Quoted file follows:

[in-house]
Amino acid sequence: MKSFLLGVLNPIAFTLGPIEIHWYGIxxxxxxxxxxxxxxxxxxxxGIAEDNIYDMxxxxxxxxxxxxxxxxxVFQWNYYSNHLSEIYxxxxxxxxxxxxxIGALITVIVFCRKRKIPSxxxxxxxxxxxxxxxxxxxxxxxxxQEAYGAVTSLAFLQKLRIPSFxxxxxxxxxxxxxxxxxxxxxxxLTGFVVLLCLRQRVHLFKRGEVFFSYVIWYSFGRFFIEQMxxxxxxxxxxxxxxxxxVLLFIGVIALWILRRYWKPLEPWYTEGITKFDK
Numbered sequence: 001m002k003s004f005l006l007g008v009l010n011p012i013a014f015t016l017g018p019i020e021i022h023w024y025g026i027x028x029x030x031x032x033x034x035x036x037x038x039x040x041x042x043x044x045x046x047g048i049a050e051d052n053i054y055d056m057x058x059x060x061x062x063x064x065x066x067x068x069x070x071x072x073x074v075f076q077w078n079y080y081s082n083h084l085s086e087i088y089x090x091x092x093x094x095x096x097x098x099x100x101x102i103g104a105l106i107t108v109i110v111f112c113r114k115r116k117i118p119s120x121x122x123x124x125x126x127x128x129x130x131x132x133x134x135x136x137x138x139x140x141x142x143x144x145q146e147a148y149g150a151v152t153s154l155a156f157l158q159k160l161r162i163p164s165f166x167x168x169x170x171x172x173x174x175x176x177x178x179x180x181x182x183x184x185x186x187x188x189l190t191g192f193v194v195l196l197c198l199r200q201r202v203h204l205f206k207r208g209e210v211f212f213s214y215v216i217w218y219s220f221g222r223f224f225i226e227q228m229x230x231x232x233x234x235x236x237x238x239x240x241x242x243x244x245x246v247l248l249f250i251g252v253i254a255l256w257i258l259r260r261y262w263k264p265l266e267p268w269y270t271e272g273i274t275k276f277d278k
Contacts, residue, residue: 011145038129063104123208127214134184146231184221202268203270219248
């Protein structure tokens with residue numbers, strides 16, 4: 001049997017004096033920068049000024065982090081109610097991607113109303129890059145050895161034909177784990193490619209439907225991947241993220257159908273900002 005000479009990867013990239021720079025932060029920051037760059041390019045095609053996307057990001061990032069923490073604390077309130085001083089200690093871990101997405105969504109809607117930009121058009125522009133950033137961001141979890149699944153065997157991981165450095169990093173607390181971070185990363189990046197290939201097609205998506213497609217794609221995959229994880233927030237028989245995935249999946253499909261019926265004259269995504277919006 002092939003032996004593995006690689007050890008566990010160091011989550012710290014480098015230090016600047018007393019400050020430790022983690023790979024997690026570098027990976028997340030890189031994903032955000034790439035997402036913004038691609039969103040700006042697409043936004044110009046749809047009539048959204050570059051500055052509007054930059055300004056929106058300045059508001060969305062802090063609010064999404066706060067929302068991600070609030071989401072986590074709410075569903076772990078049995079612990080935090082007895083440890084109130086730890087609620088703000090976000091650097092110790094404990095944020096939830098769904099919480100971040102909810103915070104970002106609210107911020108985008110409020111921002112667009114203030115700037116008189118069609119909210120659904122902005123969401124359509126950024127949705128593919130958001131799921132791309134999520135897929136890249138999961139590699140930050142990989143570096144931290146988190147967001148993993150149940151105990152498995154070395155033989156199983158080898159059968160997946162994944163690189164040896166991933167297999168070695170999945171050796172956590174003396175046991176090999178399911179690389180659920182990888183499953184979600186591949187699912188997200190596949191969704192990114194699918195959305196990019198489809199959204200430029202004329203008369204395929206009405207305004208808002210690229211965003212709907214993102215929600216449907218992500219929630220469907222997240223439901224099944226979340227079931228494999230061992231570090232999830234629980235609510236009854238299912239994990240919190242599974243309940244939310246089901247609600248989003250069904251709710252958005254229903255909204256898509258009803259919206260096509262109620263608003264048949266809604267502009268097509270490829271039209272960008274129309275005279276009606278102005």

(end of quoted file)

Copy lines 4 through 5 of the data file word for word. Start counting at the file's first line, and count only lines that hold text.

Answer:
Contacts, residue, residue: 011145038129063104123208127214134184146231184221202268203270219248
């Protein structure tokens with residue numbers, strides 16, 4: 001049997017004096033920068049000024065982090081109610097991607113109303129890059145050895161034909177784990193490619209439907225991947241993220257159908273900002 005000479009990867013990239021720079025932060029920051037760059041390019045095609053996307057990001061990032069923490073604390077309130085001083089200690093871990101997405105969504109809607117930009121058009125522009133950033137961001141979890149699944153065997157991981165450095169990093173607390181971070185990363189990046197290939201097609205998506213497609217794609221995959229994880233927030237028989245995935249999946253499909261019926265004259269995504277919006 002092939003032996004593995006690689007050890008566990010160091011989550012710290014480098015230090016600047018007393019400050020430790022983690023790979024997690026570098027990976028997340030890189031994903032955000034790439035997402036913004038691609039969103040700006042697409043936004044110009046749809047009539048959204050570059051500055052509007054930059055300004056929106058300045059508001060969305062802090063609010064999404066706060067929302068991600070609030071989401072986590074709410075569903076772990078049995079612990080935090082007895083440890084109130086730890087609620088703000090976000091650097092110790094404990095944020096939830098769904099919480100971040102909810103915070104970002106609210107911020108985008110409020111921002112667009114203030115700037116008189118069609119909210120659904122902005123969401124359509126950024127949705128593919130958001131799921132791309134999520135897929136890249138999961139590699140930050142990989143570096144931290146988190147967001148993993150149940151105990152498995154070395155033989156199983158080898159059968160997946162994944163690189164040896166991933167297999168070695170999945171050796172956590174003396175046991176090999178399911179690389180659920182990888183499953184979600186591949187699912188997200190596949191969704192990114194699918195959305196990019198489809199959204200430029202004329203008369204395929206009405207305004208808002210690229211965003212709907214993102215929600216449907218992500219929630220469907222997240223439901224099944226979340227079931228494999230061992231570090232999830234629980235609510236009854238299912239994990240919190242599974243309940244939310246089901247609600248989003250069904251709710252958005254229903255909204256898509258009803259919206260096509262109620263608003264048949266809604267502009268097509270490829271039209272960008274129309275005279276009606278102005």